The Resilience to Push Through

Today was the last day for SBI/SBSTA and APA to draft a final text. The pressure, stress, and tension in each room could have been cut with a knife. The first adaptation meeting, SBI/SBSTA informal consultations on report of the Adaptation Committee, started by closing the room to observers. The second meeting, on National Adaptation Plans (NAPs), concluded in five minutes. There were no comments or arguments on the draft text and this will be offered to the Chair later today. The last meeting, APA Agenda Item 4 on Article 7, paragraphs 10 and 11, was highly debated.

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As I sat in the meeting room getting ready, there was a low mumble among Parties. Parties slowly trickled in after yet another long night of informal informals. Tensions were high and a couple of Parties approached the Co-Facilitators bench. After a brief conversation, they decided to close the room to proceed with informal informals. I am not sure what happened in this meeting, but I can only conclude that there was heated debate and a lot of compromise. I will discuss why this is my conclusion in the section about the APA meeting. The idea of resilience started from the beginning of the morning sessions, and it was a tough road to stay on.

The next meeting, about Least Developed Countries (LDCs) and NAPs, was extremely short. The negotiators in this meeting are slightly different between Parties. There are new faces from larger, more developed countries because they are afforded the luxury of having multiple negotiators with expertise in one area. But these new faces brought a lighter atmosphere to this meeting. The session concluded within five minutes and the rest of the session was spent by Parties congratulating each other for the time, effort, and resiliency. As with any diplomatic process, Parties spoke up and thanked everyone for the patience and many compromises. This meeting was a nice break and each Party showed resilience.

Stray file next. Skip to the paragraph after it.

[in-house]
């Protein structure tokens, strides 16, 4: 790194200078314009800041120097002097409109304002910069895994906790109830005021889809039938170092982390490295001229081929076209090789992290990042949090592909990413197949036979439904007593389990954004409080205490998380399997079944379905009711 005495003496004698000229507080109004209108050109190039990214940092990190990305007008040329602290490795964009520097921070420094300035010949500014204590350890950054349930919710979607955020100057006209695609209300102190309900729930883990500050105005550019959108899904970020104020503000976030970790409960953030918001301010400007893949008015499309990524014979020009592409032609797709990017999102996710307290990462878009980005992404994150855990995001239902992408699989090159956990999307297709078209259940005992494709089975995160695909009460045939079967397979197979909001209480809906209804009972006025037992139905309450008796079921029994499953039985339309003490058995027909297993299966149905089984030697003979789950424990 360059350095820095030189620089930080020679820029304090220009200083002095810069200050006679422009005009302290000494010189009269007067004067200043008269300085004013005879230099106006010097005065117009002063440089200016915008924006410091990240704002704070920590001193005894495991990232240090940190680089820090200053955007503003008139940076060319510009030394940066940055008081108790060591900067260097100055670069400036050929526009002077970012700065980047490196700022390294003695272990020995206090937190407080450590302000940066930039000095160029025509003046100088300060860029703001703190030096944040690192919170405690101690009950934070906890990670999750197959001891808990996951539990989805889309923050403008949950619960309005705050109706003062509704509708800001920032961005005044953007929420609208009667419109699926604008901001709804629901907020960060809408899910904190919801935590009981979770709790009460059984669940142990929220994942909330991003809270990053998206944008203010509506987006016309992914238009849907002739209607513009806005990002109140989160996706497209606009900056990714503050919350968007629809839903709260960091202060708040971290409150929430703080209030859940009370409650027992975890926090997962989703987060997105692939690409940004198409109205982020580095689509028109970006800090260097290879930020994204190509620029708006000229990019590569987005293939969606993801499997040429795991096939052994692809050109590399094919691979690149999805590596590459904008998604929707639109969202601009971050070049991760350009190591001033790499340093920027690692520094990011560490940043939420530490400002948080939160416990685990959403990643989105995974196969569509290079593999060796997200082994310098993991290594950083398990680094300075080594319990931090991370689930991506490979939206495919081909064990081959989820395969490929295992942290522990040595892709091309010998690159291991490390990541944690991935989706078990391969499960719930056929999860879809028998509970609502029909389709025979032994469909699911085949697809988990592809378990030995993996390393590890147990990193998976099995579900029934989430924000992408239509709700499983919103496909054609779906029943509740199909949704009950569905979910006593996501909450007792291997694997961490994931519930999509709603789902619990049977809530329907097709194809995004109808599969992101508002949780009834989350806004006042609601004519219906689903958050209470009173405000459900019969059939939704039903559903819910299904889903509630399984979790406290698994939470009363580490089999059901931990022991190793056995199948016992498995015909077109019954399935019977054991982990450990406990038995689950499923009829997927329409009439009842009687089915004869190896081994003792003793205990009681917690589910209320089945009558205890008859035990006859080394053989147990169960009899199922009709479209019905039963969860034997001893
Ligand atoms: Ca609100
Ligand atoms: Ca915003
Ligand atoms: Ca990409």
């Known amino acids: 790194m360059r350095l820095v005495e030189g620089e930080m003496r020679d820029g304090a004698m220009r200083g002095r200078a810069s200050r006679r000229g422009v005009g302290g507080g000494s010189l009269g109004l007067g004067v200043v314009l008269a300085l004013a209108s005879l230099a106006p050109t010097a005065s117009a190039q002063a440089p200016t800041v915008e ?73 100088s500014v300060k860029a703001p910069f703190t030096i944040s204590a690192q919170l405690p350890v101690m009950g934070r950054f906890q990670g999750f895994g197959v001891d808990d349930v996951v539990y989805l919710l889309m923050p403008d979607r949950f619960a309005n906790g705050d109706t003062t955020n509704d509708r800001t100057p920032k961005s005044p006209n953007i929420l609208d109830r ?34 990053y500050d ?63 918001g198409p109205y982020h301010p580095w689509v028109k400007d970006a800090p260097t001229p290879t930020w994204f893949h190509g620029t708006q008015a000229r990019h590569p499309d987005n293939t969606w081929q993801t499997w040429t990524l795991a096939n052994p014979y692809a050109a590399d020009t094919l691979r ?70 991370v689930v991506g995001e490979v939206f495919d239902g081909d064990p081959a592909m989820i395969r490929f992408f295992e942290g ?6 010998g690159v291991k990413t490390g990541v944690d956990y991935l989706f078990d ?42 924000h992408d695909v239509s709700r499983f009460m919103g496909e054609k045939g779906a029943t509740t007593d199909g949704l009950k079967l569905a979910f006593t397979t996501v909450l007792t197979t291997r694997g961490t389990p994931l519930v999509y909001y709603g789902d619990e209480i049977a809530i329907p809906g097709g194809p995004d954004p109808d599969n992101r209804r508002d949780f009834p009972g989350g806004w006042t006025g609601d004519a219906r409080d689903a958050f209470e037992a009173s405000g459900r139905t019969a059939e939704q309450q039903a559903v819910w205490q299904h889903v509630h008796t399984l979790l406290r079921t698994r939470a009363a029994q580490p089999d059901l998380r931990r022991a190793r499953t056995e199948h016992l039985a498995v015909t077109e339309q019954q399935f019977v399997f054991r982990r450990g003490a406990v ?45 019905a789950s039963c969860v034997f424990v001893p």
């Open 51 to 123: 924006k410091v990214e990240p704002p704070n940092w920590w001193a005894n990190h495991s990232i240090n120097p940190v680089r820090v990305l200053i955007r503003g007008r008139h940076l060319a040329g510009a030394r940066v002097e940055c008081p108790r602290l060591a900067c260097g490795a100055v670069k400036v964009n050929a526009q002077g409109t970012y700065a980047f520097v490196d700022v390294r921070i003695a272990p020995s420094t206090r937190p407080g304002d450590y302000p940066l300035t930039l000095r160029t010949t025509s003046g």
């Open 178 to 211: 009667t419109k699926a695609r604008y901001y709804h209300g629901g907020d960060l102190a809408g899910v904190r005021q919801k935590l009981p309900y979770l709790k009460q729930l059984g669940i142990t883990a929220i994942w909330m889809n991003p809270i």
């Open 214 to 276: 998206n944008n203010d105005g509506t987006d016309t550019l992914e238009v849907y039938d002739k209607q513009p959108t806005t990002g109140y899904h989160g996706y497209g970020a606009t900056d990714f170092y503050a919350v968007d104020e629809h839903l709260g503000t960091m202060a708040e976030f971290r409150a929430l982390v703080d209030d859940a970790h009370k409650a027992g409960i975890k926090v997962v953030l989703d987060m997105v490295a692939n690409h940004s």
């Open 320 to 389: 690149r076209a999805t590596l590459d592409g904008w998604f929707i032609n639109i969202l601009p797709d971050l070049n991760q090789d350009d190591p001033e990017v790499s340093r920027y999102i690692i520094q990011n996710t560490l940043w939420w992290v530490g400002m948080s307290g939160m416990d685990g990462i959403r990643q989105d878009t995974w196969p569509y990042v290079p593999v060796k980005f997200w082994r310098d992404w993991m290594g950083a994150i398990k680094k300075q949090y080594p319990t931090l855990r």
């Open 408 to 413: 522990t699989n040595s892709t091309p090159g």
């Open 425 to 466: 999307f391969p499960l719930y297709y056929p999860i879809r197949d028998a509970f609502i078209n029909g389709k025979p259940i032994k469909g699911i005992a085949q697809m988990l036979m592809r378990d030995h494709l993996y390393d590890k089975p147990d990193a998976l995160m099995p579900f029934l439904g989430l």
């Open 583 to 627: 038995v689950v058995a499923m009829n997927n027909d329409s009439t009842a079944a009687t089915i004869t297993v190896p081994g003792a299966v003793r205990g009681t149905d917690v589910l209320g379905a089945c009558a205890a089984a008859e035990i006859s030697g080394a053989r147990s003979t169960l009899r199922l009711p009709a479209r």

The last meeting is where I read the tea leaves to figure out how the informal informal this morning went. The meeting started out very different than others this past week. Parties were gathering in groups outside of the meeting room to finish discussions about the draft text. When the Parties entered, there was a sense of discomfort and dissatisfaction. When the meeting began, Parties who have not spoken at all this week raised their flags.This is because the second draft did not include crucial language from the first draft. It was like looking at a completely new text. Almost every Party that spoke expressed concern and used language that showed how upset they were about the draft text. One Party found it “unacceptable” that language was deleted between the two drafts. This Party continued to state that if paragraph 9 was the only paragraph with some specific language, the Party will absolutely not agree on the draft if paragraph 9 is deleted or rephrased.

One Party, who has been very vocal this week, did not speak at all. When this Party did not speak at the beginning, those in the room could tell that something went wrong in the SBI/SBSTA session. The meeting this morning is when resiliency should have been kept by this Party. Instead it looked like that Party had almost entirely given up. Given the comparison between the first and second iteration, that is understandable. There were plenty of other Parties who expressed concerns with the draft. I hope this Party pushed through and was resilient during the informal informal that occurred right after the session officially closed. As everyone becomes more tired and irritated, resilience is more important than ever.

There was no consensus or ability to agree in some of the meetings today. The Parties need to continue to push through to attempt to produce a draft conclusion tomorrow. As the G77 negotiator stated in the NAPs meeting, “thank you for the resilience.” Everyone lost something, but everyone gained something. By the looks of today, some countries gave up more than they were hoping. Today was a pleasure to watch and we will see how the texts affect Parties in the future.